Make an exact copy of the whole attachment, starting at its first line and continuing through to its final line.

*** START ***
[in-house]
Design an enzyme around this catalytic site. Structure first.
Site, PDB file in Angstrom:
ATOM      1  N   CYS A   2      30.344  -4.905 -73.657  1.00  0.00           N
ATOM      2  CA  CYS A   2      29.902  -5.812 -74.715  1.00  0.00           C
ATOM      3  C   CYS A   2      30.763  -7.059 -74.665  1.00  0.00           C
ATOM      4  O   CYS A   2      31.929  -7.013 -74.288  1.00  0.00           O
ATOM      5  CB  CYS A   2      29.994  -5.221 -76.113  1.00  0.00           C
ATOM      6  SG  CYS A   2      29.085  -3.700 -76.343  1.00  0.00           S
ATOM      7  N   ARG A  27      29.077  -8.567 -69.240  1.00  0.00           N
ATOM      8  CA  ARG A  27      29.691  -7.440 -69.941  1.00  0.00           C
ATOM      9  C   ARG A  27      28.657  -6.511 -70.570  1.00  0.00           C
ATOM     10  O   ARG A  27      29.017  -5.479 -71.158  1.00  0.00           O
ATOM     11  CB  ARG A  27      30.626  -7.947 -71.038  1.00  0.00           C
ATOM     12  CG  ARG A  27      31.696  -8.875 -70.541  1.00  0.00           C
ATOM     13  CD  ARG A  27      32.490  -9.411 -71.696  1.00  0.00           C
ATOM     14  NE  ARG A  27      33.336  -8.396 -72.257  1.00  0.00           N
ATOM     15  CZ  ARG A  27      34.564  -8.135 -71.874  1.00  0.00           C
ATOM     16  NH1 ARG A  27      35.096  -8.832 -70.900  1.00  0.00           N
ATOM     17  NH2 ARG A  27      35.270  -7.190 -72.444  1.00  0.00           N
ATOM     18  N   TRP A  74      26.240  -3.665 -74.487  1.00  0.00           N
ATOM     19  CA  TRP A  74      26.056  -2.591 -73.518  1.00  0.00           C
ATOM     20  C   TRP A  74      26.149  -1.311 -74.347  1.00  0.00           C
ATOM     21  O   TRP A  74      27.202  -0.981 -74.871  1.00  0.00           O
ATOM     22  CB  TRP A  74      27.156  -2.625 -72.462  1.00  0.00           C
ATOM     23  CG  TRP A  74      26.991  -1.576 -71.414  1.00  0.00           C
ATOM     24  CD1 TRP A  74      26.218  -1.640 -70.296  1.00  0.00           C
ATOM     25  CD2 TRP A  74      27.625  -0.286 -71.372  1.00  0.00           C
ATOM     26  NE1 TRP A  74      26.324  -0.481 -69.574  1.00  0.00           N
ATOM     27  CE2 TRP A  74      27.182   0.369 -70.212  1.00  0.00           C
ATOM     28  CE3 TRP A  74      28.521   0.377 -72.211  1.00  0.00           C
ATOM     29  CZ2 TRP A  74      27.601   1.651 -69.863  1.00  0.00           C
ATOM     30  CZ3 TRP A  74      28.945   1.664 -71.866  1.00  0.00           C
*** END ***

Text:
[in-house]
Design an enzyme around this catalytic site. Structure first.
Site, PDB file in Angstrom:
ATOM      1  N   CYS A   2      30.344  -4.905 -73.657  1.00  0.00           N
ATOM      2  CA  CYS A   2      29.902  -5.812 -74.715  1.00  0.00           C
ATOM      3  C   CYS A   2      30.763  -7.059 -74.665  1.00  0.00           C
ATOM      4  O   CYS A   2      31.929  -7.013 -74.288  1.00  0.00           O
ATOM      5  CB  CYS A   2      29.994  -5.221 -76.113  1.00  0.00           C
ATOM      6  SG  CYS A   2      29.085  -3.700 -76.343  1.00  0.00           S
ATOM      7  N   ARG A  27      29.077  -8.567 -69.240  1.00  0.00           N
ATOM      8  CA  ARG A  27      29.691  -7.440 -69.941  1.00  0.00           C
ATOM      9  C   ARG A  27      28.657  -6.511 -70.570  1.00  0.00           C
ATOM     10  O   ARG A  27      29.017  -5.479 -71.158  1.00  0.00           O
ATOM     11  CB  ARG A  27      30.626  -7.947 -71.038  1.00  0.00           C
ATOM     12  CG  ARG A  27      31.696  -8.875 -70.541  1.00  0.00           C
ATOM     13  CD  ARG A  27      32.490  -9.411 -71.696  1.00  0.00           C
ATOM     14  NE  ARG A  27      33.336  -8.396 -72.257  1.00  0.00           N
ATOM     15  CZ  ARG A  27      34.564  -8.135 -71.874  1.00  0.00           C
ATOM     16  NH1 ARG A  27      35.096  -8.832 -70.900  1.00  0.00           N
ATOM     17  NH2 ARG A  27      35.270  -7.190 -72.444  1.00  0.00           N
ATOM     18  N   TRP A  74      26.240  -3.665 -74.487  1.00  0.00           N
ATOM     19  CA  TRP A  74      26.056  -2.591 -73.518  1.00  0.00           C
ATOM     20  C   TRP A  74      26.149  -1.311 -74.347  1.00  0.00           C
ATOM     21  O   TRP A  74      27.202  -0.981 -74.871  1.00  0.00           O
ATOM     22  CB  TRP A  74      27.156  -2.625 -72.462  1.00  0.00           C
ATOM     23  CG  TRP A  74      26.991  -1.576 -71.414  1.00  0.00           C
ATOM     24  CD1 TRP A  74      26.218  -1.640 -70.296  1.00  0.00           C
ATOM     25  CD2 TRP A  74      27.625  -0.286 -71.372  1.00  0.00           C
ATOM     26  NE1 TRP A  74      26.324  -0.481 -69.574  1.00  0.00           N
ATOM     27  CE2 TRP A  74      27.182   0.369 -70.212  1.00  0.00           C
ATOM     28  CE3 TRP A  74      28.521   0.377 -72.211  1.00  0.00           C
ATOM     29  CZ2 TRP A  74      27.601   1.651 -69.863  1.00  0.00           C
ATOM     30  CZ3 TRP A  74      28.945   1.664 -71.866  1.00  0.00           C